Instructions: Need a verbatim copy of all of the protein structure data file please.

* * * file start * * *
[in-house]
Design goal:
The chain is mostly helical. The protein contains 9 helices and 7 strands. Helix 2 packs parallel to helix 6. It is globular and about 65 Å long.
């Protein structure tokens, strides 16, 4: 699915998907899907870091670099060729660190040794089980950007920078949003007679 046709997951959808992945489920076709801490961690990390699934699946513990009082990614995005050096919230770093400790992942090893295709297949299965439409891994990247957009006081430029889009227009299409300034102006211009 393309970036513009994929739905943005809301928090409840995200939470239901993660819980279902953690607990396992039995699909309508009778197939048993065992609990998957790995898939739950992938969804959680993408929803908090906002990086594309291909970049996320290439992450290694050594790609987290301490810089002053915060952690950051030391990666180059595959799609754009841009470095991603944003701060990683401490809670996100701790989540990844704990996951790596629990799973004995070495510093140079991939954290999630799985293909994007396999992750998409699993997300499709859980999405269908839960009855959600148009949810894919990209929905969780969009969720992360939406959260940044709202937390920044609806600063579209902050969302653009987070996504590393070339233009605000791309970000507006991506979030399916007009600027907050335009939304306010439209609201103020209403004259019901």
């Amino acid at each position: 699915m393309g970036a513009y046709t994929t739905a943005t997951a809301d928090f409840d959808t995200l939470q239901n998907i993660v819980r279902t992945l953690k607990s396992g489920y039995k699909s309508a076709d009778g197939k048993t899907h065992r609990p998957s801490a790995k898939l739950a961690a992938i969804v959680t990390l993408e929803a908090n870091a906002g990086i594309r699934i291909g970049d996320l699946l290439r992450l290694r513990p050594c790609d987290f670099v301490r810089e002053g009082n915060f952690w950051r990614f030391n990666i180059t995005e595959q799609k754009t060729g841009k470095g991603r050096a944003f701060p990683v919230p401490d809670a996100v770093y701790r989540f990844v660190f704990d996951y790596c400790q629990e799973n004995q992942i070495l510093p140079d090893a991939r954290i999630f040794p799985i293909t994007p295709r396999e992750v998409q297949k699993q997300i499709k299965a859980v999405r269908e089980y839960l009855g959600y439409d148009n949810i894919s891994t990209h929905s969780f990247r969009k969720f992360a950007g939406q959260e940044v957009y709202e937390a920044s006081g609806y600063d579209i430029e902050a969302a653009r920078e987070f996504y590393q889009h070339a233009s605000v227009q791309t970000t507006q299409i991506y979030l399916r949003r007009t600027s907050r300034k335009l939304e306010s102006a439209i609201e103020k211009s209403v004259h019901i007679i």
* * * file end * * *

[in-house]
Design goal:
The chain is mostly helical. The protein contains 9 helices and 7 strands. Helix 2 packs parallel to helix 6. It is globular and about 65 Å long.
């Protein structure tokens, strides 16, 4: 699915998907899907870091670099060729660190040794089980950007920078949003007679 046709997951959808992945489920076709801490961690990390699934699946513990009082990614995005050096919230770093400790992942090893295709297949299965439409891994990247957009006081430029889009227009299409300034102006211009 393309970036513009994929739905943005809301928090409840995200939470239901993660819980279902953690607990396992039995699909309508009778197939048993065992609990998957790995898939739950992938969804959680993408929803908090906002990086594309291909970049996320290439992450290694050594790609987290301490810089002053915060952690950051030391990666180059595959799609754009841009470095991603944003701060990683401490809670996100701790989540990844704990996951790596629990799973004995070495510093140079991939954290999630799985293909994007396999992750998409699993997300499709859980999405269908839960009855959600148009949810894919990209929905969780969009969720992360939406959260940044709202937390920044609806600063579209902050969302653009987070996504590393070339233009605000791309970000507006991506979030399916007009600027907050335009939304306010439209609201103020209403004259019901």
């Amino acid at each position: 699915m393309g970036a513009y046709t994929t739905a943005t997951a809301d928090f409840d959808t995200l939470q239901n998907i993660v819980r279902t992945l953690k607990s396992g489920y039995k699909s309508a076709d009778g197939k048993t899907h065992r609990p998957s801490a790995k898939l739950a961690a992938i969804v959680t990390l993408e929803a908090n870091a906002g990086i594309r699934i291909g970049d996320l699946l290439r992450l290694r513990p050594c790609d987290f670099v301490r810089e002053g009082n915060f952690w950051r990614f030391n990666i180059t995005e595959q799609k754009t060729g841009k470095g991603r050096a944003f701060p990683v919230p401490d809670a996100v770093y701790r989540f990844v660190f704990d996951y790596c400790q629990e799973n004995q992942i070495l510093p140079d090893a991939r954290i999630f040794p799985i293909t994007p295709r396999e992750v998409q297949k699993q997300i499709k299965a859980v999405r269908e089980y839960l009855g959600y439409d148009n949810i894919s891994t990209h929905s969780f990247r969009k969720f992360a950007g939406q959260e940044v957009y709202e937390a920044s006081g609806y600063d579209i430029e902050a969302a653009r920078e987070f996504y590393q889009h070339a233009s605000v227009q791309t970000t507006q299409i991506y979030l399916r949003r007009t600027s907050r300034k335009l939304e306010s102006a439209i609201e103020k211009s209403v004259h019901i007679i």